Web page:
It happened to be a backpack and it had a few toys we had bought for the grandchildren, my expensive sunglasses and our passports. For some reason we left our passports in that bag. Everything else, all our important papers, our tickets, etc. were in another bag. So the police there ran to and fro to try and find the guy, but they didn’t come up with anybody.

So, now we have no passports and we were worried we will not be able to board the ship the next day without them. The rain is beating down and it is kind of a depressing day. We took an hour to find the right underground and ended up some distance away from our hotel – didn’t know which direction to walk. We are dragging these five heavy suitcases along for several blocks only to learn we are going the wrong way. We are exhausted and somebody took pity on us and helped us get turned around and to the hotel.

At the hotel we begin to research what are we going to do now about our passports. They said we should phone the police first and we did that. We had to ask for English speaking people in Madrid, they translated for us, gave us an order number and then sent us down to the local police department. We walked over there but they were closed for some reason. We rapped on the door and finally somebody came and didn’t know what we were talking about. Once we got all that sorted out – about half an hour – they had heard from the English speaking department and gave us a file number saying we are now registered as being offended by a Spanish thief.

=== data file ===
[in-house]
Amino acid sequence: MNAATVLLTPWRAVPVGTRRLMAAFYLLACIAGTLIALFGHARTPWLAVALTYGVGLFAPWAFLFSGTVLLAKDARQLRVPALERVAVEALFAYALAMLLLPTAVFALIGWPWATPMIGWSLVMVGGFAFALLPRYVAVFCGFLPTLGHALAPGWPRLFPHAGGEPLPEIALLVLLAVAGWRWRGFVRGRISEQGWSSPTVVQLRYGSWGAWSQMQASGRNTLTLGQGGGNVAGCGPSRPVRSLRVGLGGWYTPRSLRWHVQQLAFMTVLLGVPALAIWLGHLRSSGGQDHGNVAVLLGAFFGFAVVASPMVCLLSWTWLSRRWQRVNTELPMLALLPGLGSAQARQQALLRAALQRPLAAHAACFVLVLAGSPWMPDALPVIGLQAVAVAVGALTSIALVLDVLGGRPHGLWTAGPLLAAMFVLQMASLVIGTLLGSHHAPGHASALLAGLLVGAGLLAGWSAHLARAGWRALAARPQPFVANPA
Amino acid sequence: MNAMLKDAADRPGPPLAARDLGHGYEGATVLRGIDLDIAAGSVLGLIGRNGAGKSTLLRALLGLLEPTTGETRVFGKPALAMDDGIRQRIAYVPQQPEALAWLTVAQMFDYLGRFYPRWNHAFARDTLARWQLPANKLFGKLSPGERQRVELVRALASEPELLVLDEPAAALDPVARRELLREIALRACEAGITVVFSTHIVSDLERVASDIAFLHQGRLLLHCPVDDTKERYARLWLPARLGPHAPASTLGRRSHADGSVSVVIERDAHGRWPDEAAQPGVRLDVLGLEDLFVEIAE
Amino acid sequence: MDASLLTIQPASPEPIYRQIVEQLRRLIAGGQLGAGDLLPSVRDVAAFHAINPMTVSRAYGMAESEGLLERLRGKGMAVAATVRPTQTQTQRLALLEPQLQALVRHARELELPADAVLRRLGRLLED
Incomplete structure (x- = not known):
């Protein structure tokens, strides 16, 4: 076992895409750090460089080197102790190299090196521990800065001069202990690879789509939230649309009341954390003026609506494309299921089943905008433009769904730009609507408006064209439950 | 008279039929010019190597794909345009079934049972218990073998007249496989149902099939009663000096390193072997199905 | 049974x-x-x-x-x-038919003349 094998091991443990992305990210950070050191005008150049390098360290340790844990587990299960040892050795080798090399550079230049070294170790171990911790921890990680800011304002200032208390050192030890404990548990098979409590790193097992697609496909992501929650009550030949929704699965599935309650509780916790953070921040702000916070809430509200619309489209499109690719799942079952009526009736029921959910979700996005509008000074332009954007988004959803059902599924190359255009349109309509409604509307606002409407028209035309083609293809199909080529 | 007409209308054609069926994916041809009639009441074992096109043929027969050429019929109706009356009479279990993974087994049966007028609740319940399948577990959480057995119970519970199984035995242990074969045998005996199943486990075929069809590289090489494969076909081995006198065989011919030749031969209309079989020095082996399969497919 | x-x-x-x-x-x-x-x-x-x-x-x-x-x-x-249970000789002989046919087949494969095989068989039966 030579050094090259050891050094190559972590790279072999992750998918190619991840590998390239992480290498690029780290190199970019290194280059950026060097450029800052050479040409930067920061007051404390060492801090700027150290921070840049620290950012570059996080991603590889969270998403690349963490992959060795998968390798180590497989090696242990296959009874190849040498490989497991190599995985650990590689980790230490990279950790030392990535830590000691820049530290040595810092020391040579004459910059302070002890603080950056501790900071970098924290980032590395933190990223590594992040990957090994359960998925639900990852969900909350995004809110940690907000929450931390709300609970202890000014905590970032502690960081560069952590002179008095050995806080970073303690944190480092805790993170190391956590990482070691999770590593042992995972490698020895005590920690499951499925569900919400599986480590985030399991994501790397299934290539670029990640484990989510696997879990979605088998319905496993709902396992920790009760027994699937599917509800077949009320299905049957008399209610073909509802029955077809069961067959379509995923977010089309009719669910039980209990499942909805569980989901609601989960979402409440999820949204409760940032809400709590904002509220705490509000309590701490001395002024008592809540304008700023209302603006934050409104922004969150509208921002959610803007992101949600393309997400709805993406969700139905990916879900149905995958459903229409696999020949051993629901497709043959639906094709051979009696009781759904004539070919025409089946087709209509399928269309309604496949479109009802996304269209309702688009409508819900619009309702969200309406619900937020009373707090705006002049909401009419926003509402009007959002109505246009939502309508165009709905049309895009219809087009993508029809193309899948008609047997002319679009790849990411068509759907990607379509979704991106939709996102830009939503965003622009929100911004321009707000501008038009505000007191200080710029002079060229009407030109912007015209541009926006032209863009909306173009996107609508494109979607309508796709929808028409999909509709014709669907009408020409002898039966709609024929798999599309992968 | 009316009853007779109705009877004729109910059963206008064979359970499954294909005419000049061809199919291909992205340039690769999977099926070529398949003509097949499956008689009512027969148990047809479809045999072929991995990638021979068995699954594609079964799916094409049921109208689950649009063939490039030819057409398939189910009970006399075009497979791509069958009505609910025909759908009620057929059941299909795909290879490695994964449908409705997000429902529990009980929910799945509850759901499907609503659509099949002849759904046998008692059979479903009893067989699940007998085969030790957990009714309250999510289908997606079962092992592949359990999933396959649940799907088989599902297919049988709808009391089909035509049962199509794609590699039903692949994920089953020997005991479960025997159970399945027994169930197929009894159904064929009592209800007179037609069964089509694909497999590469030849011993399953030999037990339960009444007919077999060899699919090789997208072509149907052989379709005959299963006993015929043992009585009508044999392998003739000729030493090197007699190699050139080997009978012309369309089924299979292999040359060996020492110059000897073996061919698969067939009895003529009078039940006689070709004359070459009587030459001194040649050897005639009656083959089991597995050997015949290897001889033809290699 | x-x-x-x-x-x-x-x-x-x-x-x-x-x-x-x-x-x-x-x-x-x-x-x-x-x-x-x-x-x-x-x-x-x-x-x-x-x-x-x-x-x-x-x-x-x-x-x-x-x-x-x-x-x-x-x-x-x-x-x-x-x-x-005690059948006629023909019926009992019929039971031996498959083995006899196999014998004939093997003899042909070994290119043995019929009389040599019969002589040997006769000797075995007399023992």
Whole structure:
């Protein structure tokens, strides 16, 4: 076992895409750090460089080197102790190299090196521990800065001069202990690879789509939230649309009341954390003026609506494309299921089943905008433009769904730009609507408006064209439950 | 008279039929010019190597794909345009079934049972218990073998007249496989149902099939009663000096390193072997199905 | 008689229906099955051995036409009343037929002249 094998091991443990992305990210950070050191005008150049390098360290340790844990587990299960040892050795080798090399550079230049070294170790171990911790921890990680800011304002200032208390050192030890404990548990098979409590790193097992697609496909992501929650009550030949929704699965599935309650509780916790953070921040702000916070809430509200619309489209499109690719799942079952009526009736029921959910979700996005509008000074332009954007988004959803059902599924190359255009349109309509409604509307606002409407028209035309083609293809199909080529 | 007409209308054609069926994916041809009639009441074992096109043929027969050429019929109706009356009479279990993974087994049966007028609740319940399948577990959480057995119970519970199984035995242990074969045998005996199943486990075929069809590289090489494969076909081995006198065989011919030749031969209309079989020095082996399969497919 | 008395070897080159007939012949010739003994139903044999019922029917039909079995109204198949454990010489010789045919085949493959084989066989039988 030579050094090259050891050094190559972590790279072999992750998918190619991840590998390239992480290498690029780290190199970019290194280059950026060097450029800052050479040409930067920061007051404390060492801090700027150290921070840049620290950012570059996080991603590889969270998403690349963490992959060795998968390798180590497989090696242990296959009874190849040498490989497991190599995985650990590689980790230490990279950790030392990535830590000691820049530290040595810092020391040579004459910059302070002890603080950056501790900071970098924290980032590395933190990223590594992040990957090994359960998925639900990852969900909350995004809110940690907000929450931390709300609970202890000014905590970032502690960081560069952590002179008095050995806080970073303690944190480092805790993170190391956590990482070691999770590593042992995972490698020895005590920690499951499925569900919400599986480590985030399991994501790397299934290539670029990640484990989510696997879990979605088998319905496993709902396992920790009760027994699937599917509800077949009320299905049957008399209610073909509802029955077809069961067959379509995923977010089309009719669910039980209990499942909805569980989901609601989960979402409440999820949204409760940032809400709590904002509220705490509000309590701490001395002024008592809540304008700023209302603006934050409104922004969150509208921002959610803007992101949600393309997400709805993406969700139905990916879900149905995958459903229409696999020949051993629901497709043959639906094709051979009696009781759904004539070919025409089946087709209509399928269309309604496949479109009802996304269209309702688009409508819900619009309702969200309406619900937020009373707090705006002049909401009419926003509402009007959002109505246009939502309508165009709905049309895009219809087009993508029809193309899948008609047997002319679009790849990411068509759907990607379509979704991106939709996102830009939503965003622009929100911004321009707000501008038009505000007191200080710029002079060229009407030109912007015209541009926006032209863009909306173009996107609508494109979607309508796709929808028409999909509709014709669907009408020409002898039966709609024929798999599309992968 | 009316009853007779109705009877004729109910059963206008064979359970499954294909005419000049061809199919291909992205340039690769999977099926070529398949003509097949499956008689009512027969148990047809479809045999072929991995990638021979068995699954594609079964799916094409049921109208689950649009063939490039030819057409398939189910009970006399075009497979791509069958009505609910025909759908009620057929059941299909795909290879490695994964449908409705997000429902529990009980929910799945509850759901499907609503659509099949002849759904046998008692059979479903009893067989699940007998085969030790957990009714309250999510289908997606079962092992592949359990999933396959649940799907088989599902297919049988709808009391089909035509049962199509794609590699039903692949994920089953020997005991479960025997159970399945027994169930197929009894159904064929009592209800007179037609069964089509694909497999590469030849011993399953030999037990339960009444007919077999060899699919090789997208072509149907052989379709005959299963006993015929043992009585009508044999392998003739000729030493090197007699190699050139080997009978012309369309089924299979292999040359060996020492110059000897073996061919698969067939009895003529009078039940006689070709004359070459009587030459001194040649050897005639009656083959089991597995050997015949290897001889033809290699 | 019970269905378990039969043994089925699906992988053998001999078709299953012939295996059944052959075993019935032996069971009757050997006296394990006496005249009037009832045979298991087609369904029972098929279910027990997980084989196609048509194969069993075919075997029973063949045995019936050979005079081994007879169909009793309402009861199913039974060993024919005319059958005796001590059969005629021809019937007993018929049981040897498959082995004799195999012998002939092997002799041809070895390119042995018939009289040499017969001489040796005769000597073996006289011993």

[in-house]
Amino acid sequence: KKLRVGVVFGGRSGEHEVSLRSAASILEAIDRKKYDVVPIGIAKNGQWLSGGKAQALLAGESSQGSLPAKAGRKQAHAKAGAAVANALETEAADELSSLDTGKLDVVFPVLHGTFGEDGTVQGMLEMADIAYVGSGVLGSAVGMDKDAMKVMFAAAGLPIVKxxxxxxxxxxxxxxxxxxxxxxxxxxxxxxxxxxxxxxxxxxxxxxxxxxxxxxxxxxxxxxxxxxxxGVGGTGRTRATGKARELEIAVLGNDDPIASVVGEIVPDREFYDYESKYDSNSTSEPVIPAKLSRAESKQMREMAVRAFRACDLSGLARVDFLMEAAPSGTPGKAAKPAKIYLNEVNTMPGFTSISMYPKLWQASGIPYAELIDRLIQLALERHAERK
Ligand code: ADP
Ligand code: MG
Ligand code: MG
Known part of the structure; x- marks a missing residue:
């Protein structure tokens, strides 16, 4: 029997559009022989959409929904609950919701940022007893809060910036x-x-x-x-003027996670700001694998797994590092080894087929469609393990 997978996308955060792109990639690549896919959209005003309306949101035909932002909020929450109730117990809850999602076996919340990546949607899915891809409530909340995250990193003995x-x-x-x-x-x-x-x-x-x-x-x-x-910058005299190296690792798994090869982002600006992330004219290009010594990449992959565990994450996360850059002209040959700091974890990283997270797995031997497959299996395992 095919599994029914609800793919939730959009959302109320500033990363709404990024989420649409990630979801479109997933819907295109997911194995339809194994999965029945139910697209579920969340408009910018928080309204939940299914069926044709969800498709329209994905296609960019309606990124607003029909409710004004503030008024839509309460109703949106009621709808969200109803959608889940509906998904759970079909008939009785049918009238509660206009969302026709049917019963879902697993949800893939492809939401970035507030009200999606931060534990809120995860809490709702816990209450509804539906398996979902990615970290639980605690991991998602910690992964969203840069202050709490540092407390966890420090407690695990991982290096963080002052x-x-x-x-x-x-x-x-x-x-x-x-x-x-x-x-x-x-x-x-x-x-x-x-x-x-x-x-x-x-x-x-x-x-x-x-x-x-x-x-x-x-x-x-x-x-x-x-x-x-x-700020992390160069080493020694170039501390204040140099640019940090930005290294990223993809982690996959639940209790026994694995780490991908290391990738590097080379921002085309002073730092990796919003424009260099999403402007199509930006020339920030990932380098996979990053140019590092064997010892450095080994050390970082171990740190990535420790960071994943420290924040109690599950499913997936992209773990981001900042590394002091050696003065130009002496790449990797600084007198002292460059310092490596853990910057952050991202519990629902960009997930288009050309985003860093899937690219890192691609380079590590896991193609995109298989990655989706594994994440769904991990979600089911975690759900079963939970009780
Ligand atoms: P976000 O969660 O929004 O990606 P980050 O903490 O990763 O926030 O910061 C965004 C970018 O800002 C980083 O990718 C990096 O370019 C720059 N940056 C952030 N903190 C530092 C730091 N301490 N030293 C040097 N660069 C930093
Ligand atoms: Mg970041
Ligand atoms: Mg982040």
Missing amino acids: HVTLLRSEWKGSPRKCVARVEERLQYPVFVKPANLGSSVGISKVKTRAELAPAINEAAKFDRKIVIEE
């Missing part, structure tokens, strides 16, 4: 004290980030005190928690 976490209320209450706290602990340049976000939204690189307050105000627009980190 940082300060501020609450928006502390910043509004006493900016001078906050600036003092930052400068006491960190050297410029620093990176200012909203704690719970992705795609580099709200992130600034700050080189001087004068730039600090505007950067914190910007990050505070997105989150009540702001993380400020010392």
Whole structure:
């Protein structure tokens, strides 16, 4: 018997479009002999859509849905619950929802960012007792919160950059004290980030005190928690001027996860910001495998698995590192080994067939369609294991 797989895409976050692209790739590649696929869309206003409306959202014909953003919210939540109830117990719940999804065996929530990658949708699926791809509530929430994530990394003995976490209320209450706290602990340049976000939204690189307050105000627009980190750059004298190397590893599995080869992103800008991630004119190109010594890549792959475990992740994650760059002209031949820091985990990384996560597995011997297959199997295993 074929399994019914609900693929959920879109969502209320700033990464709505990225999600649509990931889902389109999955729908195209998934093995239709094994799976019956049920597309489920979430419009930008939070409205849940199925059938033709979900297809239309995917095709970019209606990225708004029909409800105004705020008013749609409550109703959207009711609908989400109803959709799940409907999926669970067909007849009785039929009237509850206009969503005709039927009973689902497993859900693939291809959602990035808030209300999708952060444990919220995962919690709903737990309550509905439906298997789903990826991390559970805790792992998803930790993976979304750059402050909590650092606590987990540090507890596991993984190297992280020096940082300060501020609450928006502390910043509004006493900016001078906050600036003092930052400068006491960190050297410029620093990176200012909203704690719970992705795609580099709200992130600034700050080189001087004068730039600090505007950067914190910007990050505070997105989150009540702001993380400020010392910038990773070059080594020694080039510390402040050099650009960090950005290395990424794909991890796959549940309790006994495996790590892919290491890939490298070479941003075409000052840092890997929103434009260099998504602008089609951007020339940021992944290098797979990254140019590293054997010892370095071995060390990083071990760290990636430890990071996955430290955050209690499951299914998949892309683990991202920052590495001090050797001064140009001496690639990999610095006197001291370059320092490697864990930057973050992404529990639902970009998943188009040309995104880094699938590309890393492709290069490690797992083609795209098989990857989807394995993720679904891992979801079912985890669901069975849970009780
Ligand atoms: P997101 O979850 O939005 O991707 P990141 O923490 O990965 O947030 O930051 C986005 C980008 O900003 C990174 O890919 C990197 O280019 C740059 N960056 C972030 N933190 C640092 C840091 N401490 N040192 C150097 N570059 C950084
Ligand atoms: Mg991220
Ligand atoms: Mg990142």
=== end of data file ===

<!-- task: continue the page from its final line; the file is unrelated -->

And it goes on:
So then we proceeded to go back to the hotel and work on the Canadian Embassy. By this time it was 2:30 pm and they was closed at 1:00 so they forwarded us to the embassy in Madrid. They closed at 2:00 pm. For some strange reason, the embassies are only open for 2 to 2-1/2 hours during the day. We also phoned the cruiseship people. They weren’t in either. So, we didn’t know what to do. We walked around a bit and then came back to our room and finally got a hold of the cruiseship people. They told us that if we go to the Canadian Embassy they would give us a temporary passport which would get us through the cruise and the rest of our trip.

So we had to wait until the morning to do that. In the meantime, we decided to do some laundry. You would not guess what it costs to do a single load. We have enough clothes for 2 loads but when we learned it would be $40, we shoved everything into one big machine and only paid $22.
While that was on we went back to the hotel and contacted the cruiseship then finally at about 5:30 pm we were able to get some food. While at the restaurant, the thunder and lightning began to crash and the rain came tumbling down. It just poured as we sat there for about an hour. We were going to wait it out, but had to go back and get our laundry.

By the time we got back it was 6:30 and we were done in for the day. We had hoped to go to Las Ramblas which is a beautiful walking area in Barcelona but it was raining too hard. So we stayed in the hotel and got some rest, thankful our money wasn't stolen and the day was finally over!

Before we went anywhere the next day, we had to take care of our passports so we headed for the Canadian Embassy. Of course we had no idea how far it was so we got a taxi and wound around the city for about 20 minutes until we finally got to this remote place. Behind a locked gate was the Canadian Embassy where hardly anyone spoke English. It was about 21 Euros ($30) to get there by cab. Interestingly, when we came back, it took us about 1/3 of the time and only cost about 8 Euros.